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Realism Mid 19th Century (or 1800’s) Artists felt that they should portray political, social, and moral issues, without glorifying the past or presenting romantic views of the present. The artists presented familiar scenes as they actually appeared, hence REALISM. o o o o
Painting realistic situations Celebrating working class and peasants; en plein air rustic painting
Realism as a style or movement needs to be distinguished from "realism" as a term to describe the very precise, detailed and accurate representation in art of the visual appearance of scenes and objects.
Major Artists of the Realism Movement of the 1800’s Millet Homer Whistler Wyeth
Jéan Francois Millet, The Gleaners, 1857, Musée du Louvre, Paris, France Painting, Oil on canvas
Critique of The Gleaners
Jéan Francois Millet, Haystacks: Autumn 1874, Metropolitan Museum of Art, Painting, Oil on canvas
Winslow Homer, Sailing the Catboat, 1857
Critique of Homer's The Life Line
Winslow Homer, Beach Scene
James McNeill Whistler, Whistler's Mother 1871, Musée d'Orsay, Paris
Whistler, The Last of Old Westminster 1862, Museum of Fine Arts, Boston, M.A., United States Of America Oil on canvas
20th Century “Modern Realism”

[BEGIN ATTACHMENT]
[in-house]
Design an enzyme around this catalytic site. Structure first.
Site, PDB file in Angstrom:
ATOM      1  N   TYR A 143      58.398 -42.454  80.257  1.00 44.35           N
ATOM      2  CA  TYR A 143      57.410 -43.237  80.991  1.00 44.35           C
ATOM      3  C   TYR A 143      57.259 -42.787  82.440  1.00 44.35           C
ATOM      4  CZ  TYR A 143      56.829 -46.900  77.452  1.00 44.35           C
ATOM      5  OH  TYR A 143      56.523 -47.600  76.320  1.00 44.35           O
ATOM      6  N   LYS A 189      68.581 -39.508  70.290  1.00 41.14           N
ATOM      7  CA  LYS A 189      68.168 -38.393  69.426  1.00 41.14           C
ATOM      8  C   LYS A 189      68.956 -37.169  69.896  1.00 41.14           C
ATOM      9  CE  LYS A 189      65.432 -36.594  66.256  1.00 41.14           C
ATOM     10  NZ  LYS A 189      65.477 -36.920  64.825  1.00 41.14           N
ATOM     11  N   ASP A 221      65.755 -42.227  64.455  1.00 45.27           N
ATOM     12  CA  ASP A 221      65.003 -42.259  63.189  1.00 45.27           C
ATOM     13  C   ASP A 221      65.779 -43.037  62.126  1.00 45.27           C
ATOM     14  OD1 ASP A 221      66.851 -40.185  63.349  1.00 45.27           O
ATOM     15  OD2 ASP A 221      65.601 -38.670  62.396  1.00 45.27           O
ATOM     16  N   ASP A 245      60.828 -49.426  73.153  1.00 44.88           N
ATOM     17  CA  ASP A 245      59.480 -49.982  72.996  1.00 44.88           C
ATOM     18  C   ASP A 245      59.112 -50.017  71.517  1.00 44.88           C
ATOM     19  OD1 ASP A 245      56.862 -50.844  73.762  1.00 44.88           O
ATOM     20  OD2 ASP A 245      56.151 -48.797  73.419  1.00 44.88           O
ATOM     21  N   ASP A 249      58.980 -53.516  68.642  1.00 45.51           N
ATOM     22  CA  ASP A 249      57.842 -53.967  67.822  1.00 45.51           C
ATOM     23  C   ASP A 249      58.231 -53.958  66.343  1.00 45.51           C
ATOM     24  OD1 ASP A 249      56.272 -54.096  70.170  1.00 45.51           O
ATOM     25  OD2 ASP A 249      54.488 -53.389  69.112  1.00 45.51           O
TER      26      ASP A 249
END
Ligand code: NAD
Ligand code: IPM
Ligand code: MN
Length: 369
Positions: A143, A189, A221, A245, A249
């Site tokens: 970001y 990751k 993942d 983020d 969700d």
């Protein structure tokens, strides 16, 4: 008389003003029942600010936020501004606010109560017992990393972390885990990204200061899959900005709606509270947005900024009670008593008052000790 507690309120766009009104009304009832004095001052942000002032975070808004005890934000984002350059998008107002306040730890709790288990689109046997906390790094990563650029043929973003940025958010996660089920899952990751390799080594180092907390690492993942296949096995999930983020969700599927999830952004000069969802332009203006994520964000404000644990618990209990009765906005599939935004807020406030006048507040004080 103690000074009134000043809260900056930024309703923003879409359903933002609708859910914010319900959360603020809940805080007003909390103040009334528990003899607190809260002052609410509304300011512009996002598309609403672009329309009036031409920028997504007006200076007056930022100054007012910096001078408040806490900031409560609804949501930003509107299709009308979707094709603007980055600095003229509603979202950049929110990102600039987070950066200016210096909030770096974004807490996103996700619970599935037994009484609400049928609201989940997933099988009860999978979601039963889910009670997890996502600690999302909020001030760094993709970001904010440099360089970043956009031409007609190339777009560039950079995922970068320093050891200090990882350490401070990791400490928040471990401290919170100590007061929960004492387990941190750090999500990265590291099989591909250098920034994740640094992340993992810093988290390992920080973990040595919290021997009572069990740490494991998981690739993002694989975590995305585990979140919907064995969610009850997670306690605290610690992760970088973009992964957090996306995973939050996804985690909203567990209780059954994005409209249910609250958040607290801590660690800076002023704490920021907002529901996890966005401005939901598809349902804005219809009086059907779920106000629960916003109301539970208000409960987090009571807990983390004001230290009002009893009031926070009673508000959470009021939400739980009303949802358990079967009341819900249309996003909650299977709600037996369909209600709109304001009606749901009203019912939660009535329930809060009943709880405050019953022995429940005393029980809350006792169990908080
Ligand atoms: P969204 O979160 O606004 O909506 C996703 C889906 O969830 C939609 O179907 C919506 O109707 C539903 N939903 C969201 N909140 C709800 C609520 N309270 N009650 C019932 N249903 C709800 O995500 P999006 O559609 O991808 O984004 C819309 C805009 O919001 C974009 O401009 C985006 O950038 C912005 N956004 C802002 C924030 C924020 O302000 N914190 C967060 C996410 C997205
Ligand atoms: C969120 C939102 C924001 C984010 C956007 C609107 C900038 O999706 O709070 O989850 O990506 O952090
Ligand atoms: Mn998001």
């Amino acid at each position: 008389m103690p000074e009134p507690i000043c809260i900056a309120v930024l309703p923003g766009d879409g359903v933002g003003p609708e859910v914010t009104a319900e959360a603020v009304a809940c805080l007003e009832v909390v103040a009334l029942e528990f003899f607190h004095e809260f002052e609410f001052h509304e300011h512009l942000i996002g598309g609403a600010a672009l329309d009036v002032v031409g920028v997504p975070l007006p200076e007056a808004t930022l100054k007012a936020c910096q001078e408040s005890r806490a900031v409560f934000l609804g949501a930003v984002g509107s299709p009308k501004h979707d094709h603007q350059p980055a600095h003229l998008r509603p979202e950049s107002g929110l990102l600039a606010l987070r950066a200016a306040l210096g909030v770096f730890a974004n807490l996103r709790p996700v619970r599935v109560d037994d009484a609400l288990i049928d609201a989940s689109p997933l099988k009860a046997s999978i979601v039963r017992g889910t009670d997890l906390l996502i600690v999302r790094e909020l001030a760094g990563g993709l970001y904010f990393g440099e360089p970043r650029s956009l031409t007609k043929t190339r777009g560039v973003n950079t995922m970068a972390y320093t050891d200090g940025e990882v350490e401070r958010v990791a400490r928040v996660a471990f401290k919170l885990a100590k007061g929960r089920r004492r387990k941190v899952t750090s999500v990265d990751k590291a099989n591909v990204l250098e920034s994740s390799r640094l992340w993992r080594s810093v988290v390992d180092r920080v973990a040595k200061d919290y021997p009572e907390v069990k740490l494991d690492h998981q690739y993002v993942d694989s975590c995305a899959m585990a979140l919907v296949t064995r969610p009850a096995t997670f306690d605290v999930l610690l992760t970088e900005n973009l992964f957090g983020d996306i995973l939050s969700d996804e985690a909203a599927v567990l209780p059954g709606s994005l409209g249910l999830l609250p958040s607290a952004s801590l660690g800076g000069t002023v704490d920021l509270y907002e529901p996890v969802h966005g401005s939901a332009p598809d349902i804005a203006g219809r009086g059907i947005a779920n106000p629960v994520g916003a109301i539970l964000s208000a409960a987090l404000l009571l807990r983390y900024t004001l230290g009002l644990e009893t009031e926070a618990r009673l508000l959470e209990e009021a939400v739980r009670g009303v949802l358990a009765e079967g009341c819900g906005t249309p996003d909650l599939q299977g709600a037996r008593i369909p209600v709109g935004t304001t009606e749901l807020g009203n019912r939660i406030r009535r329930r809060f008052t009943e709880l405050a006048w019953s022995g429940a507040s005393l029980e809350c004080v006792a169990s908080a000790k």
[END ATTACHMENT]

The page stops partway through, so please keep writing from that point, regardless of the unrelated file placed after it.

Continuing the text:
Andrew Wyeth, Christina’s World, 1948
- Realism revolted against the exotic subject matter and exaggerated emotionalism and drama of the Romantic movement. -portrayed real and typical contemporary people and situations with truth and accuracy, and not avoiding unpleasant or sordid aspects of life. -Realist works depicted people of all classes in situations that arise in ordinary life, and often reflected the changes wrought by the Industrial and Commercial Revolutions.
-The popularity of such 'realistic' works grew with the introduction of photography — a new visual source that created a desire for people to produce representations which situations or settings looked “objectively real.” - The Realism movement overlapped Impressionism
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